It’s amazing to me how so many great car dealers leave so much on the table by not taking advantage of public relations opportunities. Essentially, public relations is a process of communicating ‘non-direct sales or promotional’ news regarding internal and external ‘people’ events connected with your business.
The following items are considered a public service announcement or ‘PSA’ because they are not a commercial promotion, but rather newsworthy for promoting or reporting on an event the general public might find of interest.
- Job promotions and new hires
- Major anniversary celebrations
- Good deeds to benefit the general public by a dealership principle, employee or customer
- Contributions from the dealership and/or its employees to special charities and causes
Dealerships can hire an outside public relations firm. Often current advertising/marketing agencies can handle public relations projects as part of their services. Ideally, there is someone in the dealership organization who can assume the responsibilities. Today, there are a number of Internet public relations assists such as PRweb.com. For a reasonable cost you can post public relations events and public service announcements with text and pictures, which will be delivered to specific zones you specify. PRweb is actually a very good service I’ve used on multiple occasions.
“nothing really moves the needle in building brand trust like sharing events regarding people who work for the dealership.”
Local newspapers still publish public service announcements and job promotion/new employee items at little or no cost. Contacting the local editor will point you in the right direction for submission. Local television and radio stations also run no-cost PSA’s for events such as charities and donations, however they have to be devoid of any kind of direct commercial promotion or puffery. Your ad agency or internal marketing person can negotiate this process through the local station sales manager who can refer the PR to proper channels. Often station ‘news’ departments and ‘sales’ departments will tell you they don’t cross each other’s territory but the fact of the matter is, if you are spending a large chunk of money on a station, the sales manager can be influential in getting PSAs on the air.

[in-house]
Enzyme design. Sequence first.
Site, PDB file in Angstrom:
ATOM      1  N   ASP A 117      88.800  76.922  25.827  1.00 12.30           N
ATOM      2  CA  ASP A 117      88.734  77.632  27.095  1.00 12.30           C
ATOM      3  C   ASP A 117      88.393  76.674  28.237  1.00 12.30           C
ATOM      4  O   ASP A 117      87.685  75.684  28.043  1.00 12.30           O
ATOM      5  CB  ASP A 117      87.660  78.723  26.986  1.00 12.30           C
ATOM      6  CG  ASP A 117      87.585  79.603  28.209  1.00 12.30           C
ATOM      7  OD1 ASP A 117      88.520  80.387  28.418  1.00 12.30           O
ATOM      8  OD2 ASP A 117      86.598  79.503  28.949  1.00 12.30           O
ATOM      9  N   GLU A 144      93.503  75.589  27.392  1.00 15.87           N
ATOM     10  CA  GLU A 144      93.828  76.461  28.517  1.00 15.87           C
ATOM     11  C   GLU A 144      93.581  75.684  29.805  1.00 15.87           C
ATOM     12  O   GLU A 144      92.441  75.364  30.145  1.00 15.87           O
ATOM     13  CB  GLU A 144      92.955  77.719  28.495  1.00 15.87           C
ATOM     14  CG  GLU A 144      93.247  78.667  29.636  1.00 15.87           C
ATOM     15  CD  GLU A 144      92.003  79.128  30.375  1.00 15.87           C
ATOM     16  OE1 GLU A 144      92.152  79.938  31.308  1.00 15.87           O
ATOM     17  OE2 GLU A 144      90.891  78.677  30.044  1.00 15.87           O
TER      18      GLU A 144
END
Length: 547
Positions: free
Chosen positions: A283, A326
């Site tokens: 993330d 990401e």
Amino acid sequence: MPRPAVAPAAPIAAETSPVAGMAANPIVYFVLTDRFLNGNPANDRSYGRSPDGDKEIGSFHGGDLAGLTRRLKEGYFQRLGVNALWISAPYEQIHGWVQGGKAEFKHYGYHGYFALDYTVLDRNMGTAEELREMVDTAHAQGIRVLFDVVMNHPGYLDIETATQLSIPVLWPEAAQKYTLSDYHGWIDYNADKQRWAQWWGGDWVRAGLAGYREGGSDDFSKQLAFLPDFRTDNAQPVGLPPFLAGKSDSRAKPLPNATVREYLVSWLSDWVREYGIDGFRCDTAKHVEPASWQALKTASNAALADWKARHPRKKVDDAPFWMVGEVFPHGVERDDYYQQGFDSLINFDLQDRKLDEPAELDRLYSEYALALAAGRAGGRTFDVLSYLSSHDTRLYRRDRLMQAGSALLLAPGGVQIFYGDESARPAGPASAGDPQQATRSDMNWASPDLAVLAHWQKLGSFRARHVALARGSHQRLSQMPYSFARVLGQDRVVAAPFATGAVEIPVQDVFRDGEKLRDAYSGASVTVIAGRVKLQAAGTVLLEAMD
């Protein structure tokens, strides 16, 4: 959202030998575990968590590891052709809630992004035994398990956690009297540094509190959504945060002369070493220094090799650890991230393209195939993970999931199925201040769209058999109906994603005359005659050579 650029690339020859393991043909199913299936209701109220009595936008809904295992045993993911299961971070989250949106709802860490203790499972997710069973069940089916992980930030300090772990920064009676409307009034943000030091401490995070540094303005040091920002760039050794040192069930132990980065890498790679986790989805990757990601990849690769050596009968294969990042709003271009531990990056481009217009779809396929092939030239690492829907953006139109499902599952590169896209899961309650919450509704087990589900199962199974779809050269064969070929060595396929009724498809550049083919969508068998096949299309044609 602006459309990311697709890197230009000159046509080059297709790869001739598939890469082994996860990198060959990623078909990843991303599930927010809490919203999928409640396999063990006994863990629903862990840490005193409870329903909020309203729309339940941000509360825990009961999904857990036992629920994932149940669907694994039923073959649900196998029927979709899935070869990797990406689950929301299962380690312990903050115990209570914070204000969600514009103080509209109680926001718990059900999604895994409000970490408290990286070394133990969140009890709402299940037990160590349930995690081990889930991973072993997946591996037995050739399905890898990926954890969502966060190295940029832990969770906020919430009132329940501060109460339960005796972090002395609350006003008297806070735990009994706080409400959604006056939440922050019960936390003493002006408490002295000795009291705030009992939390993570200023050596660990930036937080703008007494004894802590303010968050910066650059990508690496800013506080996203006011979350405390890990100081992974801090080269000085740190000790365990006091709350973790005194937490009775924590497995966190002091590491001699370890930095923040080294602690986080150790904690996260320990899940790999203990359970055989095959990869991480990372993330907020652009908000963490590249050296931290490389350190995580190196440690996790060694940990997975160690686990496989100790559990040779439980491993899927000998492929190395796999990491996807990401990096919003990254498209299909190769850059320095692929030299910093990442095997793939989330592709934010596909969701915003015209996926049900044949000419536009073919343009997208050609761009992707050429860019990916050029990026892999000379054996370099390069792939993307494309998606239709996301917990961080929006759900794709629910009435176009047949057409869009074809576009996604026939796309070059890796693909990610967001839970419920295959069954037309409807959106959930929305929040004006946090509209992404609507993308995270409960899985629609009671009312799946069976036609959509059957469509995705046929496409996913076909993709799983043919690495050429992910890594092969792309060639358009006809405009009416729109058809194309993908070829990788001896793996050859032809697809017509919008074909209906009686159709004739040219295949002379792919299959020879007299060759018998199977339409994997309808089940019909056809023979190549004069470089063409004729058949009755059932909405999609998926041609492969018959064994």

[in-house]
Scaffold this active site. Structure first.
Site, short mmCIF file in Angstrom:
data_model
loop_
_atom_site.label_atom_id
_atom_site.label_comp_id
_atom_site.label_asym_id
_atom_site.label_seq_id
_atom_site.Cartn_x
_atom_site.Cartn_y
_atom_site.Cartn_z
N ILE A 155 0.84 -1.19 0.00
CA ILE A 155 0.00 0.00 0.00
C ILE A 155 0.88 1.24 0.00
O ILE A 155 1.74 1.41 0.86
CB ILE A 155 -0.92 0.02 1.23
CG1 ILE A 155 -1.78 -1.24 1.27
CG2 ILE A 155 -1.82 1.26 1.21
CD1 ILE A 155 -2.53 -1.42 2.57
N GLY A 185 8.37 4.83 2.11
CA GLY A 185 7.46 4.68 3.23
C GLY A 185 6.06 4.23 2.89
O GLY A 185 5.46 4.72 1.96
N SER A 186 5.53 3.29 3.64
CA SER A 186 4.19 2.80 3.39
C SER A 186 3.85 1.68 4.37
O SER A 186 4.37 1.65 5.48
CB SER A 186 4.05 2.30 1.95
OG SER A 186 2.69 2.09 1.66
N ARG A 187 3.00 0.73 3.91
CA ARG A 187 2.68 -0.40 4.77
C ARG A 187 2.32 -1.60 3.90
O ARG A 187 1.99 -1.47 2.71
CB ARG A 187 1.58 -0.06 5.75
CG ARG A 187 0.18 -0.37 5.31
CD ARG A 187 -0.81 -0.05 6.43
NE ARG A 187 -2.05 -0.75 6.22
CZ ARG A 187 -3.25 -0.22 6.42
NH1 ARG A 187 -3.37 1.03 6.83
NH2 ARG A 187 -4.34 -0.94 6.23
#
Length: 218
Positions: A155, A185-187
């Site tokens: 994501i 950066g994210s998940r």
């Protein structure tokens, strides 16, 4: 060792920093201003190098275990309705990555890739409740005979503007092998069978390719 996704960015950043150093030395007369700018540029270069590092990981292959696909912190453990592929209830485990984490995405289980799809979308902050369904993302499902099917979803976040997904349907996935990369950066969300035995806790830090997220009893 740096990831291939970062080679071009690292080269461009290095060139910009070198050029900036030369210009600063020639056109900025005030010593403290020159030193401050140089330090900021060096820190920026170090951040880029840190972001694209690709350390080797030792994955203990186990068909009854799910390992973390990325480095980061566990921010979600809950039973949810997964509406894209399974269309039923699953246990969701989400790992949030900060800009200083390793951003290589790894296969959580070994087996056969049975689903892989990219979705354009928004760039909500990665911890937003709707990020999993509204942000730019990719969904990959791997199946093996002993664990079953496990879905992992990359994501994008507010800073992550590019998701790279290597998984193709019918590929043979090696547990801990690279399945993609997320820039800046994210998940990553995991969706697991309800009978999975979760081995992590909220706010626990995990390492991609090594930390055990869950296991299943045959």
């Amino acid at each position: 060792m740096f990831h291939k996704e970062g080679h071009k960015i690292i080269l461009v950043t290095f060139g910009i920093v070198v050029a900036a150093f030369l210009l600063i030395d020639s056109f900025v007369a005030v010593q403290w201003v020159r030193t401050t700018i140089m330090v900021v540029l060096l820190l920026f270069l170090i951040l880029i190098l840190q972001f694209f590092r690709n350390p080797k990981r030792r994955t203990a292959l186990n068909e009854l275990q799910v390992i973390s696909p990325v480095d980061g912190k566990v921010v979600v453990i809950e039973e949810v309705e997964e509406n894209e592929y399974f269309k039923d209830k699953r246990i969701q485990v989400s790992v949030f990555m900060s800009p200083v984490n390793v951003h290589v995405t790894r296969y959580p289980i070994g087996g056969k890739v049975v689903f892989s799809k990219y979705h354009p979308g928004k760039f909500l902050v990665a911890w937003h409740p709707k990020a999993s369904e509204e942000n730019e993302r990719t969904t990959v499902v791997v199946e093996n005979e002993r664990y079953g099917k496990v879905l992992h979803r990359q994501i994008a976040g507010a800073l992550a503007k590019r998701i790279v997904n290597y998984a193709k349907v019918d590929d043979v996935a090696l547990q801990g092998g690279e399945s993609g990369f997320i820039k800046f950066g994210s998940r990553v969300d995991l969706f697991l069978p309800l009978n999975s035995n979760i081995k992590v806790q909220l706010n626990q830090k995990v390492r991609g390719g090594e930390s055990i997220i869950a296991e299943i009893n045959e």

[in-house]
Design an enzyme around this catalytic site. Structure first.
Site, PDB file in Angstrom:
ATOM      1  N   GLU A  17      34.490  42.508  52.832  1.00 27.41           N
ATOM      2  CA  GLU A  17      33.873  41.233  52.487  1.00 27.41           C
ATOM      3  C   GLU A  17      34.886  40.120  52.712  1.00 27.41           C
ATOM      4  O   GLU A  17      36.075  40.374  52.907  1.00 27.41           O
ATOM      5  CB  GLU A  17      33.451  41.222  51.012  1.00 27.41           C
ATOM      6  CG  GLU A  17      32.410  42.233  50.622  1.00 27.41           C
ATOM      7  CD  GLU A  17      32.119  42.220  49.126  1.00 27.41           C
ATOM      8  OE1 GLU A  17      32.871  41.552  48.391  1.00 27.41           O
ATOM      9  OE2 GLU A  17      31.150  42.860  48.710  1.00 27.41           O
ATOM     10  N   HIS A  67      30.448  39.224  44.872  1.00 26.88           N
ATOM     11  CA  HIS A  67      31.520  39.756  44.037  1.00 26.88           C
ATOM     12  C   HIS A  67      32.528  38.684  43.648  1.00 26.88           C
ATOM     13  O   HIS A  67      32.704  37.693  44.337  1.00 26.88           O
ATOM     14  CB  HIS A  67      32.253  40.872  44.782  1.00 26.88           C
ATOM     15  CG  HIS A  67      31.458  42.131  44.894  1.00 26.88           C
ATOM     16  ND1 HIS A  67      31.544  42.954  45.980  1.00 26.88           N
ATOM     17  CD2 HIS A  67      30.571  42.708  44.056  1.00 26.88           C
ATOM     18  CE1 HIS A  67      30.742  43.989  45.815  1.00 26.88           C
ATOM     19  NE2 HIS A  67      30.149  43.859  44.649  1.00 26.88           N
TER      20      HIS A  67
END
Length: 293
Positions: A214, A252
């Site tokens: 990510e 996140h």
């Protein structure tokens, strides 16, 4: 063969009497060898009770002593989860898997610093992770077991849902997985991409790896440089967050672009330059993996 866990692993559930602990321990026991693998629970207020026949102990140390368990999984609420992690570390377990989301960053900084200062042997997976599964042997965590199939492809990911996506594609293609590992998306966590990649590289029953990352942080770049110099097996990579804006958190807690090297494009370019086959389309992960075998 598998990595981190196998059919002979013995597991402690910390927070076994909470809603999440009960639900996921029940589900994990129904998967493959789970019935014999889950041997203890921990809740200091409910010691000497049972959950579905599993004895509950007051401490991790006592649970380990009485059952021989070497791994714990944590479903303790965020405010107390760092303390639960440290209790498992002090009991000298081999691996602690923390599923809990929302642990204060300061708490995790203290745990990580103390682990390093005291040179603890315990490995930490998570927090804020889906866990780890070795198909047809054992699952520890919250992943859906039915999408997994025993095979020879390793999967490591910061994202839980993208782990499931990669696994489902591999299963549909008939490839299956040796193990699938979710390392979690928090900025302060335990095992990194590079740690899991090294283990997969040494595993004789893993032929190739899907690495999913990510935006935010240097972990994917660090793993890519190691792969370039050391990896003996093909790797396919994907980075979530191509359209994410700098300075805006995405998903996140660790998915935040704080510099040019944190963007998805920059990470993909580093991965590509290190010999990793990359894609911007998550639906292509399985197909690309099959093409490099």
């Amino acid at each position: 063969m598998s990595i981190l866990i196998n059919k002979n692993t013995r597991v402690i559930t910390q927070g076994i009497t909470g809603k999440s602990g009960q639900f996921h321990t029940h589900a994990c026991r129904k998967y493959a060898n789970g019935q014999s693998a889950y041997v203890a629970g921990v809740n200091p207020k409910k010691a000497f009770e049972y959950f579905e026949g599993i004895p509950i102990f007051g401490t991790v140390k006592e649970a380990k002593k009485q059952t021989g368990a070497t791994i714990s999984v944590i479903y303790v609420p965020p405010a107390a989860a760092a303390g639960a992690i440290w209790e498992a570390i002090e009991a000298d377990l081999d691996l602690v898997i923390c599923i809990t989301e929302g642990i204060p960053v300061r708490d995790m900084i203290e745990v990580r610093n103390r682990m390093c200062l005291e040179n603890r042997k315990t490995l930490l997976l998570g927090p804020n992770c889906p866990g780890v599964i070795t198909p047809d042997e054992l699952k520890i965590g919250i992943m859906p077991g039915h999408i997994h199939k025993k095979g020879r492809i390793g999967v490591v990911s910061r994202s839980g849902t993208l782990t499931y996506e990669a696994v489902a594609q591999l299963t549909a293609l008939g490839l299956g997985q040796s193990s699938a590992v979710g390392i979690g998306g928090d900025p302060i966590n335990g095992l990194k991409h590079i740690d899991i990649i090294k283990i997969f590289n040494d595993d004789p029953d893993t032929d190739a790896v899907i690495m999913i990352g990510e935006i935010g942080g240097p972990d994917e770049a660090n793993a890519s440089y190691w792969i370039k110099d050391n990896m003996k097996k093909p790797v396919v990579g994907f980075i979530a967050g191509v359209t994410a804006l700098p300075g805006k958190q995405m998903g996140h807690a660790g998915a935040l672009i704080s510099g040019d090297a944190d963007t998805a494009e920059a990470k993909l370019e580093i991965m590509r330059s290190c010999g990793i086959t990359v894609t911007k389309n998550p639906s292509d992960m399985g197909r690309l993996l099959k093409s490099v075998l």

30 years ago when I founded an automotive advertising agency I met a dealer in Canada who had a brilliant strategy for public relations. He not only garnered great ‘earned’ media (not paid for) but also used a large portion of his own paid advertising for his public service concept. He had a large container in the showroom of the dealership with which he invited any organization that needed publicity to deposit the information. The dealer would then record announcements for the events ranging from ‘bean suppers’ to ‘quilting classes’ and would run these announcements as part of his paid advertising campaign. Eventually, the stations he used agreed to charge him a reduced rate for the announcements that were purely public events. He made a lot of good friends in the community as the ‘official community events billboard’ and he also sold a lot of cars. I still have the cover of Ford’s dealer magazine with his picture on it.